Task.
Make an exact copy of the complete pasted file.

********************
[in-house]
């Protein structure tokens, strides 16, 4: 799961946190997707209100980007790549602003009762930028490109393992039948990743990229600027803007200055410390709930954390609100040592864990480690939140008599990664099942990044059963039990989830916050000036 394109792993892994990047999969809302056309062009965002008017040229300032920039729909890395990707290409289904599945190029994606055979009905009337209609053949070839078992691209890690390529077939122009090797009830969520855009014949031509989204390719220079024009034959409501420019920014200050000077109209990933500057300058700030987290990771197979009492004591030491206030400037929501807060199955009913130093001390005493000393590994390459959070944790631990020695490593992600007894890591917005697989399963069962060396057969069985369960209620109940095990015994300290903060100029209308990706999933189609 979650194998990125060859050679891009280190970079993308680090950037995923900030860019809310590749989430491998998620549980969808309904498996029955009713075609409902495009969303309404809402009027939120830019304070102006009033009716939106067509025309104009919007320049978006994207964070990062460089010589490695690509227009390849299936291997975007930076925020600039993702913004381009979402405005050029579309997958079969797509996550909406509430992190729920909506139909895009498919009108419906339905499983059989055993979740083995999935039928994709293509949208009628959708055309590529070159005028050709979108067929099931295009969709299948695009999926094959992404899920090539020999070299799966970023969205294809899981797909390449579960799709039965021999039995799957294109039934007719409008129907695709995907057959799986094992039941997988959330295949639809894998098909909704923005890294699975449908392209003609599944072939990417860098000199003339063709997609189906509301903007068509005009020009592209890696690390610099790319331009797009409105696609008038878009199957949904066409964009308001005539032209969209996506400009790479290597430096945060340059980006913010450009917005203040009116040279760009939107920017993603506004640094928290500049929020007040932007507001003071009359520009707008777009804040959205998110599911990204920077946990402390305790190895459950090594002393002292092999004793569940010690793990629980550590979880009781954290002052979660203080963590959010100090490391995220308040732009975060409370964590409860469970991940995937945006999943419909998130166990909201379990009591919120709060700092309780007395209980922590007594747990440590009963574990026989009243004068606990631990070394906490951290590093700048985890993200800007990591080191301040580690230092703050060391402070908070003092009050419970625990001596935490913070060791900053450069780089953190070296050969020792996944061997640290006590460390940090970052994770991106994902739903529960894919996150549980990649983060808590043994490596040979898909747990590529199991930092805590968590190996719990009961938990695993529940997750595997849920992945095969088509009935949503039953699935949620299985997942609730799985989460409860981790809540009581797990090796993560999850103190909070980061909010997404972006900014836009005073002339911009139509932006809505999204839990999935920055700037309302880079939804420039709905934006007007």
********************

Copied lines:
[in-house]
């Protein structure tokens, strides 16, 4: 799961946190997707209100980007790549602003009762930028490109393992039948990743990229600027803007200055410390709930954390609100040592864990480690939140008599990664099942990044059963039990989830916050000036 394109792993892994990047999969809302056309062009965002008017040229300032920039729909890395990707290409289904599945190029994606055979009905009337209609053949070839078992691209890690390529077939122009090797009830969520855009014949031509989204390719220079024009034959409501420019920014200050000077109209990933500057300058700030987290990771197979009492004591030491206030400037929501807060199955009913130093001390005493000393590994390459959070944790631990020695490593992600007894890591917005697989399963069962060396057969069985369960209620109940095990015994300290903060100029209308990706999933189609 979650194998990125060859050679891009280190970079993308680090950037995923900030860019809310590749989430491998998620549980969808309904498996029955009713075609409902495009969303309404809402009027939120830019304070102006009033009716939106067509025309104009919007320049978006994207964070990062460089010589490695690509227009390849299936291997975007930076925020600039993702913004381009979402405005050029579309997958079969797509996550909406509430992190729920909506139909895009498919009108419906339905499983059989055993979740083995999935039928994709293509949208009628959708055309590529070159005028050709979108067929099931295009969709299948695009999926094959992404899920090539020999070299799966970023969205294809899981797909390449579960799709039965021999039995799957294109039934007719409008129907695709995907057959799986094992039941997988959330295949639809894998098909909704923005890294699975449908392209003609599944072939990417860098000199003339063709997609189906509301903007068509005009020009592209890696690390610099790319331009797009409105696609008038878009199957949904066409964009308001005539032209969209996506400009790479290597430096945060340059980006913010450009917005203040009116040279760009939107920017993603506004640094928290500049929020007040932007507001003071009359520009707008777009804040959205998110599911990204920077946990402390305790190895459950090594002393002292092999004793569940010690793990629980550590979880009781954290002052979660203080963590959010100090490391995220308040732009975060409370964590409860469970991940995937945006999943419909998130166990909201379990009591919120709060700092309780007395209980922590007594747990440590009963574990026989009243004068606990631990070394906490951290590093700048985890993200800007990591080191301040580690230092703050060391402070908070003092009050419970625990001596935490913070060791900053450069780089953190070296050969020792996944061997640290006590460390940090970052994770991106994902739903529960894919996150549980990649983060808590043994490596040979898909747990590529199991930092805590968590190996719990009961938990695993529940997750595997849920992945095969088509009935949503039953699935949620299985997942609730799985989460409860981790809540009581797990090796993560999850103190909070980061909010997404972006900014836009005073002339911009139509932006809505999204839990999935920055700037309302880079939804420039709905934006007007």